For homeopathy, just because something is untested doesn’t mean it’s safe. By the same token, being “tested” and “reviewed” by agencies tied to big pharma and the chemical industry is also problematic. There’s a lot of snake-oil in this system. We need research and licensing boards that are protected from conflicts of interest. They should not be limited by arbitrary definitions of what is “natural” or not.

What the fuck was that? I mean, I honestly can’t discern an actual position out of this inscrutable wall of pandering.

The best I can glean from this mess is, “Vaccines may have saved lives, but now you should be afraid for your life because Big Pharma.”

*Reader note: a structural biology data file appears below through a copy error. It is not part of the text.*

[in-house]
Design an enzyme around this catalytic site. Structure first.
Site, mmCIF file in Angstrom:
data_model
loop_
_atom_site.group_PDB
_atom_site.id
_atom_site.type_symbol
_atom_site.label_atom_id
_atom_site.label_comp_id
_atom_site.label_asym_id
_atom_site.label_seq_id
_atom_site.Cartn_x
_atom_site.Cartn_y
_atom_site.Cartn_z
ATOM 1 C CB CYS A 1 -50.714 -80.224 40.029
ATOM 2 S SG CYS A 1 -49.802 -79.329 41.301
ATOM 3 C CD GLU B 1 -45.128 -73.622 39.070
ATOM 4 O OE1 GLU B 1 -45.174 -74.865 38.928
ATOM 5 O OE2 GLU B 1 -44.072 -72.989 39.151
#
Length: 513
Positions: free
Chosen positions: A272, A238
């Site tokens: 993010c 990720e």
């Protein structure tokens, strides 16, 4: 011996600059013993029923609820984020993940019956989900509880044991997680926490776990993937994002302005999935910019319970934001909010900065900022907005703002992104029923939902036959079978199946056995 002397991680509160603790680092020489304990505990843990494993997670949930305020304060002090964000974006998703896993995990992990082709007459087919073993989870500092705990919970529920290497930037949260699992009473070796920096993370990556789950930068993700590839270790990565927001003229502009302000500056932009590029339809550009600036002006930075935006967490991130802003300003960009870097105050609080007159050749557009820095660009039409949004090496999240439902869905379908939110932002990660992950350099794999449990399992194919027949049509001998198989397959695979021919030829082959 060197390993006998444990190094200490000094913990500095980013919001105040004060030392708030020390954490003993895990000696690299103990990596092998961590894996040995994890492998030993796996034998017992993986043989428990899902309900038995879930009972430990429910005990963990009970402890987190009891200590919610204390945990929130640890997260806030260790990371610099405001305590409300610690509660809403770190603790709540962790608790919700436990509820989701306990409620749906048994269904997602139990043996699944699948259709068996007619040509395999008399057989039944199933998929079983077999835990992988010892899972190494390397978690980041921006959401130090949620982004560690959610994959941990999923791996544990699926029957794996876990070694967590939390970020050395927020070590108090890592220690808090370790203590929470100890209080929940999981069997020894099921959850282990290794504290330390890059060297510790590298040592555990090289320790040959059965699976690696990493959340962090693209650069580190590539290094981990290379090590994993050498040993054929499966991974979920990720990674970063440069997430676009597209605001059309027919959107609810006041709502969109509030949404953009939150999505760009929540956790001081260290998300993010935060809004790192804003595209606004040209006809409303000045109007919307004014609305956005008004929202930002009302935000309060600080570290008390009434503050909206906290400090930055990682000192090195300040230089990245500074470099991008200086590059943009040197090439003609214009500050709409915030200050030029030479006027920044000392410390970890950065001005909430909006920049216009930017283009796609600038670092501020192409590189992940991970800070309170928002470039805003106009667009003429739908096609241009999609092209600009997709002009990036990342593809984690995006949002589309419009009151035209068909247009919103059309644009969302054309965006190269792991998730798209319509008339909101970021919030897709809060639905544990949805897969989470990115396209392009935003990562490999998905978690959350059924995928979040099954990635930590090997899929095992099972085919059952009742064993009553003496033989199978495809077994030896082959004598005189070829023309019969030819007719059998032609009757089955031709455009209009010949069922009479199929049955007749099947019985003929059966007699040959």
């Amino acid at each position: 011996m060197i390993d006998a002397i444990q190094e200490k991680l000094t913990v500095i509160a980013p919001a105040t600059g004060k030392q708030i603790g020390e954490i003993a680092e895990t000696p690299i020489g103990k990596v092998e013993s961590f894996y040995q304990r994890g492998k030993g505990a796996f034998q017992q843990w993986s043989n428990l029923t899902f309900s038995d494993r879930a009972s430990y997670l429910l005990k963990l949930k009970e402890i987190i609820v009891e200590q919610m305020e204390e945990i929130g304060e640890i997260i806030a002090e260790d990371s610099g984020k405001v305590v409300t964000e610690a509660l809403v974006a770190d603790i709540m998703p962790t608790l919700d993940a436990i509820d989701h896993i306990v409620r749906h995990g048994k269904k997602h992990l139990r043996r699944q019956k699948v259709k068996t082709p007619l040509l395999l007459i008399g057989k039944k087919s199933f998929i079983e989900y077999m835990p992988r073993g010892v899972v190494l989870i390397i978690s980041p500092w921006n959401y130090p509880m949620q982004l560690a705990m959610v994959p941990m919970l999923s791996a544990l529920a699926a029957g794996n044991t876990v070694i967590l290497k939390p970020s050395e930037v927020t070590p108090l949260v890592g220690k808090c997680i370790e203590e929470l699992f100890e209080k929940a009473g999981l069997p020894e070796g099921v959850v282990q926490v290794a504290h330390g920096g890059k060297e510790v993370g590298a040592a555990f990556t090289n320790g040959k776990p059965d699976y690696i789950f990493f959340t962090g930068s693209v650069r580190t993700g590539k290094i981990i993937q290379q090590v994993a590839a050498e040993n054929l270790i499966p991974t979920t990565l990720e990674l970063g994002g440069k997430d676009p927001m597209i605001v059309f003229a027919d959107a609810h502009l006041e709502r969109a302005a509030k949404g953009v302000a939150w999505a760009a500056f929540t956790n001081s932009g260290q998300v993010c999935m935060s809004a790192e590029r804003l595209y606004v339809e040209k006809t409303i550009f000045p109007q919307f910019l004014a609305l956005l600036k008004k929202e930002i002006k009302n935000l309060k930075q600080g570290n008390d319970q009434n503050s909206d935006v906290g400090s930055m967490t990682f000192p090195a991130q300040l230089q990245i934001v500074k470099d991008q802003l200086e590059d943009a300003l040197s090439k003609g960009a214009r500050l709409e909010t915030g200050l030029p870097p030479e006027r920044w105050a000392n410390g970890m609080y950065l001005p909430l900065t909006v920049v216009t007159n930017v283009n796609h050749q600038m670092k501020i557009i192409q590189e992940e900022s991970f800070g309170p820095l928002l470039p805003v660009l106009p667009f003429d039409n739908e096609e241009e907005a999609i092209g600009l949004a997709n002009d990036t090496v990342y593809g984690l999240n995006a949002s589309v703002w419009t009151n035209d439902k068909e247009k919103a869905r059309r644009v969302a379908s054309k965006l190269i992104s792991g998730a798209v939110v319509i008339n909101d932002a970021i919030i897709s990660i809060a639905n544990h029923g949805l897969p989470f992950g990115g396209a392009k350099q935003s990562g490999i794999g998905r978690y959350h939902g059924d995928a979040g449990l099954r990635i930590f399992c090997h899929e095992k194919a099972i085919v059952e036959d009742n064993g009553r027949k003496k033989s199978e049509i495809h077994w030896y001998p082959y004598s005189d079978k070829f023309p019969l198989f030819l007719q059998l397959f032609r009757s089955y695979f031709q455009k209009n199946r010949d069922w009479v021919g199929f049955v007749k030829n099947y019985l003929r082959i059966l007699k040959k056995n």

And on homeopathy, what the fuck does “just because something is untested doesn’t mean it’s safe” even mean? I honestly don’t know. But then she gets back to making people scared. It’s not the fake medicine that’s the problem, you see, but Big Pharma pulling the strings. I mean, YOU CAN’T TRUST ANYONE.

I so deeply regret my support of Ralph Nader in 2000, but I always maintained a place in my heart for the Greens, those well-meaning hippies. But this is just gross. Stein is a fucking doctor, and she should at least have enough respect for the voters to speak a plain truth about issues that are literally life and death.

And if she actually believes what she’s saying (assuming she even knows what she’s saying), then all the worse. Be gone, Green Party. You once seemed full of fresh ideas, but now, well, you’ve spoiled.